Northwest Energy Efficiency Alliance, a Portland-based nonprofit funded by utilities, sponsors the regional Energy Star program. Some utilities offer incentives for builders to participate, such as a $650 credit from Avista to builders per Energy Star home, said Tim Clemens, market development lead for the program in Spokane and North Idaho.

More than 750 Northwest homebuilders participate in the Energy Star program, and they have built more than 5,600 compliant homes since 2004, according to a program news release.

The Inland Northwest BuiltGreen program is in pilot stages using standards from Pierce County, Warfield said. A committee that includes representatives from local builders is drafting rules for the program, and single-family guidelines should launch in April, he said. The program, which is also receiving support from Avista and Spokane County, has been “wildly successful” in cities such as Denver and Seattle, he said.

“We wanted to be on the front edge of that and be proactive about it instead of being reactive down the road,” Warfield said.

Dermatology practice plans building

Northwest Dermatology plans to build a 6,700-square-foot building across the street from its current, leased location in north Spokane, the practice’s administrator said.

The roughly $1.5 million project, 755 E. Holland Ave., stems from a lack of space and a growing practice for Dr. Benjamin Hsu, said administrator Patricia Hubert. The practice, which employs about seven, hopes to add another physician and staff, she said.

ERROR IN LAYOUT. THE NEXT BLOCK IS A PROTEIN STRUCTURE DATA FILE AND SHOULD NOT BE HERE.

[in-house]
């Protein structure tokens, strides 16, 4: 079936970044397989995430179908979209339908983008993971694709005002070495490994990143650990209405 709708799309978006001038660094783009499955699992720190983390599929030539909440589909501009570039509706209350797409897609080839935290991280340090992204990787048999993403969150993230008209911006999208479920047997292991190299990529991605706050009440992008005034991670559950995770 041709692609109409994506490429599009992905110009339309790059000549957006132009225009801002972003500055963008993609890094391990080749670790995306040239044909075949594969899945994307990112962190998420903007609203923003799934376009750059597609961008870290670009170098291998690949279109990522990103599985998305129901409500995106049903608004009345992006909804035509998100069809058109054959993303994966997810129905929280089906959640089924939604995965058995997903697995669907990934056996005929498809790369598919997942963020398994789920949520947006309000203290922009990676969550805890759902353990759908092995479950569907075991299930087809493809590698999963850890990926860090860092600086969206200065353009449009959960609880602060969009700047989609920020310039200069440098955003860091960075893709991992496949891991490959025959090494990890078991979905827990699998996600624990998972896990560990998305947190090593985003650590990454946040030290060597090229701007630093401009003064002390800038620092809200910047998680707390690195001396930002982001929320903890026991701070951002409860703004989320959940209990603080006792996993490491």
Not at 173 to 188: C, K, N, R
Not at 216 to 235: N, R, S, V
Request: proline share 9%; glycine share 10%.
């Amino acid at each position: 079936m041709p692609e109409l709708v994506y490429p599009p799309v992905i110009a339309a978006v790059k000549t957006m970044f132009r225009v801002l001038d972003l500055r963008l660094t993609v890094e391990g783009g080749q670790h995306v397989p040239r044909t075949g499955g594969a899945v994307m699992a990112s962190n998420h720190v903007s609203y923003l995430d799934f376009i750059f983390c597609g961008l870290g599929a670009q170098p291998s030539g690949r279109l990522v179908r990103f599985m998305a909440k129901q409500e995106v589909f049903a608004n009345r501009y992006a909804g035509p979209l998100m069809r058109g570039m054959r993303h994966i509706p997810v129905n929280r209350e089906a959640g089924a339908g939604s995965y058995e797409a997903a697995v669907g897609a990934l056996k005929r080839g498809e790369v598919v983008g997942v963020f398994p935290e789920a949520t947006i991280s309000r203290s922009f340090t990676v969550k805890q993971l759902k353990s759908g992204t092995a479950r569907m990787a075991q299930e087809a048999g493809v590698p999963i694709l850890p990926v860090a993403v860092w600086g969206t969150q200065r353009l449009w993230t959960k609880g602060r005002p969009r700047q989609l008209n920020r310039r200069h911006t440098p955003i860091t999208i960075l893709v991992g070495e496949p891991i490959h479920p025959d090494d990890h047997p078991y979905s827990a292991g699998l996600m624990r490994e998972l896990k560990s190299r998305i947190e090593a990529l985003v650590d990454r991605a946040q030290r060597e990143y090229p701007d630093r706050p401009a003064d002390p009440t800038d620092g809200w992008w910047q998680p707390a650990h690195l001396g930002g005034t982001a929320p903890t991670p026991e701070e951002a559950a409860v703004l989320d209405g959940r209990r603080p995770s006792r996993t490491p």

The practice aims to move in early August, Hubert said.

Hsu is certified in dermatology and internal medicine, and he is a Mohs surgeon – one who uses a microscopically controlled surgery technique for skin cancer – requiring the new building to have a Mohs lab, Hubert said.

Real estate company relocates

The Mackay Group, a family-run real estate company with in-house lending, has a different approach to real estate: All eight people in its downtown office profit when it closes a sale, said Billie Gaura, president.

“There’s no shark tank here,” Guara said.

Started 17 years ago by Guara’s father, Tommy Mackay, the Mackay Group relocated here from Las Vegas this fall after the market there soured. Employees found themselves recommending people “wait out the storm,” Guara said.

“It just felt like there was no service to deliver there,” she said.

The firm focuses on clients’ long-term strategy, said Guara, whose husband and former stepmother also work at the business. Located above Pier 1 Imports at 111 W. North River Drive, it also offers a complimentary service to help people with moving, she said.

Insurance company opens in Valley

American Family Insurance last month began offering auto, home and life insurance products from a new office in Spokane Valley.

The 15-person office will hold an open house today at 9 a.m. at 15920 E. Indiana Ave.

Based in Madison, Wis., American Family has a network of about 3,975 independent contractor agents and more than 8,200 employees in 18 states, according to the company.